ν=λ0Δφ4πτAcosθ,
(10)

where λ 0 is the center wavelength of the light source in vacuum, and n is the refractive index of the medium (intralipid, n = 1.35). The axial velocity is given by: νz = ν cos θ using ν from Eq. (10). In the following, the term velocity refers to axial velocity.

The measured velocity as a function of the expected velocity (syringe pump settings) is plotted in Fig. 7. For the parabolic BM-scan method, the set velocity is retrieved (R2 = 0.98) for the total range of set velocities (0 – 7 mm/s). However, for the standard BM-scan method, the linear relationship only held until the set velocity of 2.9 mm/s. Then, when the set velocity exceeds this critical velocity, the measured velocity drops to zero.

To theoretically determine the critical velocity, we have to consider the width of the band-pass filter applied to clip out the mirror image. This parameter determines the velocity limit of the standard BM-scan method, since the shift in f space is in proportion to the velocity. As can be seen in Fig. 4(c) (dashed curve), the band-pass filter employed was not a step function but a flat-topped window [27

27. S. Makita, T. Fabritius, and Y. Yasuno, “Full-range, high-speed, high-resolution 1-μm spectral-domain optical coherence tomography using BM-scan for volumetric imaging of the human posterior eye,” Opt. Express 16(12), 8406–8420, (2008), http://www.opticsinfobase.org/oe/abstract.cfm?uri=oe-16-12-8406. [CrossRef] [PubMed]

]. Consequently, if we consider the critical velocity that corresponds to the band-pass filter value of 0.5, we find a critical velocity of 3.1 mm/s (dashed line in Fig. 7). Beyond this limit, the velocity is underestimated since some portions of the signal are filtered out.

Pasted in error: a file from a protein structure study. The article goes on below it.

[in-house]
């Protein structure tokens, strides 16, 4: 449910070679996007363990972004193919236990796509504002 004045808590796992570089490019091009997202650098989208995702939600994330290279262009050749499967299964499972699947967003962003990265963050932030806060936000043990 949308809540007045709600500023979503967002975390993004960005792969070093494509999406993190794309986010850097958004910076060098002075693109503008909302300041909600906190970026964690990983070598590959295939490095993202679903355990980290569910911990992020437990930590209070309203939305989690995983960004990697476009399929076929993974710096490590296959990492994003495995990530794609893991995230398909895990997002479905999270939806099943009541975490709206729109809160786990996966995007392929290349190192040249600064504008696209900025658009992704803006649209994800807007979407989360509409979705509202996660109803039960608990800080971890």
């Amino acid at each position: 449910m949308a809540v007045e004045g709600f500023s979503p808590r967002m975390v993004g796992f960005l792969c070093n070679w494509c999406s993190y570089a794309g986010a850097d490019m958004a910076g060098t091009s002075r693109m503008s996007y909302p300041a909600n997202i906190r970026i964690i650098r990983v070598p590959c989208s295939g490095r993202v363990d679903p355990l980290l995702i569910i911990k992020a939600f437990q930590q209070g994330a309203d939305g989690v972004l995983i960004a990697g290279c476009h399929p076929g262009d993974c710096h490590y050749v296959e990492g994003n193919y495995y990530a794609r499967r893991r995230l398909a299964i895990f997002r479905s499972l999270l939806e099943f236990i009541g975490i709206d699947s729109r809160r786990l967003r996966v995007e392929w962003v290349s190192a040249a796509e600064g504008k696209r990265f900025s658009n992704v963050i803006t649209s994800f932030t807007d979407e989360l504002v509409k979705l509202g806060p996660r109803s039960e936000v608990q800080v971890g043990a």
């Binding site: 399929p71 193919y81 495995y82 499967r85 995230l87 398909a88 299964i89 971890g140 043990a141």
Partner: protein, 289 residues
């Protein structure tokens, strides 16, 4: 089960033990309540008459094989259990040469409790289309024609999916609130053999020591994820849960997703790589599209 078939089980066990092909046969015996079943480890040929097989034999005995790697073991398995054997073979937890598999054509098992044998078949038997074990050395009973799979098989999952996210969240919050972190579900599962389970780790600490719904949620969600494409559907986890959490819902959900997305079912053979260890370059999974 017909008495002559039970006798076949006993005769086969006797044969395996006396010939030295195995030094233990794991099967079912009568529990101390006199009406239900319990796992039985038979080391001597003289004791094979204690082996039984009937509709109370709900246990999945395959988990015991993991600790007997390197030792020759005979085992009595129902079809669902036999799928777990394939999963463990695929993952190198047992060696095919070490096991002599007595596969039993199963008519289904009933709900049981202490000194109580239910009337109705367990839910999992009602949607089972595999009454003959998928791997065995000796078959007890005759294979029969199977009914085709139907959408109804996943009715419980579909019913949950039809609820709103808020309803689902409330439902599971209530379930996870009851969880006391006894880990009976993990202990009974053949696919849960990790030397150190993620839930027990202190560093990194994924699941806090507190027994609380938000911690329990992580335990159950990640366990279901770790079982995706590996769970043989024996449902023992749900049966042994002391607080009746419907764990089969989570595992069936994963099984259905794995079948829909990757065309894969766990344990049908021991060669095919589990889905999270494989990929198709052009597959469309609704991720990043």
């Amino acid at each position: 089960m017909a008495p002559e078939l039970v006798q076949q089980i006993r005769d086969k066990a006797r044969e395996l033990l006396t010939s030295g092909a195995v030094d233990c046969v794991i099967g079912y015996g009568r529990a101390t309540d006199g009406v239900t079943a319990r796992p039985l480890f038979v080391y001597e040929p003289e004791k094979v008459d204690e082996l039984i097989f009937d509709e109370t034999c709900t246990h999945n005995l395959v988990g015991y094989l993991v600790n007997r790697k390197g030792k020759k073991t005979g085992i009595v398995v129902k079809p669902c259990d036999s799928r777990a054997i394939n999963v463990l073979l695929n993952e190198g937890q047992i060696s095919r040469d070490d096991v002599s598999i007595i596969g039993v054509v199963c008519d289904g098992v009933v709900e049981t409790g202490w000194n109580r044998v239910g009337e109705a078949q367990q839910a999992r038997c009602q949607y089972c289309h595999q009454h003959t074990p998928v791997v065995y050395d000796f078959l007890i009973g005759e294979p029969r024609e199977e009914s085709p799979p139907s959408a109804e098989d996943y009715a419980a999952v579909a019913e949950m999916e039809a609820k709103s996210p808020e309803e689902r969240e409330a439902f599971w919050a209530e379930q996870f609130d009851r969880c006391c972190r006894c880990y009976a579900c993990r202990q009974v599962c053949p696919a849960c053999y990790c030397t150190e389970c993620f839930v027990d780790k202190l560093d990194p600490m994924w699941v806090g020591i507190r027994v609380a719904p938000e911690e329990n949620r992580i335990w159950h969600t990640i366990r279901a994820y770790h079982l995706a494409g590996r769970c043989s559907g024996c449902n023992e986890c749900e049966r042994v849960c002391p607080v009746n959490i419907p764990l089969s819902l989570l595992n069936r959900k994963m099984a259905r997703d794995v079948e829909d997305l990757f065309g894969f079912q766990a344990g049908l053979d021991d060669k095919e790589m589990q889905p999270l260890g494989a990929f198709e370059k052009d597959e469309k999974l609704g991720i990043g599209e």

Fig. 7. Measured axial velocity as a function of the expected axial velocity (from the syringe pump settings) for the linear (standard BM-scan) and parabolic phase modulation techniques. The solid line has a slope = 1. The dashed line represents the axial velocity limit due to the band-pass filter bandwidth in the case of the linear phase modulation technique.

This signal loss is not due to phase wrapping, but is a limitation of the linear BM-scan method. Indeed, this loss is also visible in the structural OCT image. Figure 8 shows an example of the structural images obtained using both the standard and parabolic BM-scan methods at a given intralipid solution velocity of 6.1 mm/s. As can be seen in Fig. 8(a), in the case of the linear BM-scan method, the signal is missing at the center part of the capillary (solid arrow) where the velocity is maximal. The corresponding Doppler shift (16.1 kHz) exceeds half of the band width of the band-pass filter of the BM-scan analysis of 8.3 kHz. As discussed in Section 4.1, a signal with this critical Doppler frequency or higher moves to its mirror position, as indicated by the dashed arrow in Fig. 8(a). This signal loss is not seen in the parabolic BM-scan image (Fig. 8(b)). Again, the rationale is that, in the parabolic BM-scan method, the shift in the f domain is caused by the axial acceleration, which is small compared to the velocity. The parabolic BM-scan therefore extends velocity retrieval to larger axial velocities.

Fig. 8. OCT images acquired with (a) standard BM-scan technique and with (b) proposed technique. The flow phantom was made of a static sample (gelatin + milk) in which a glass capillary (inner diameter: 0.78 mm) was embedded. Intralipid (1%) solution flowed through it at a rate of 0.6 ml/min, with the maximal axial velocity ν = 6.1 mm/s. The central line is the zero delay line.

6. Conclusion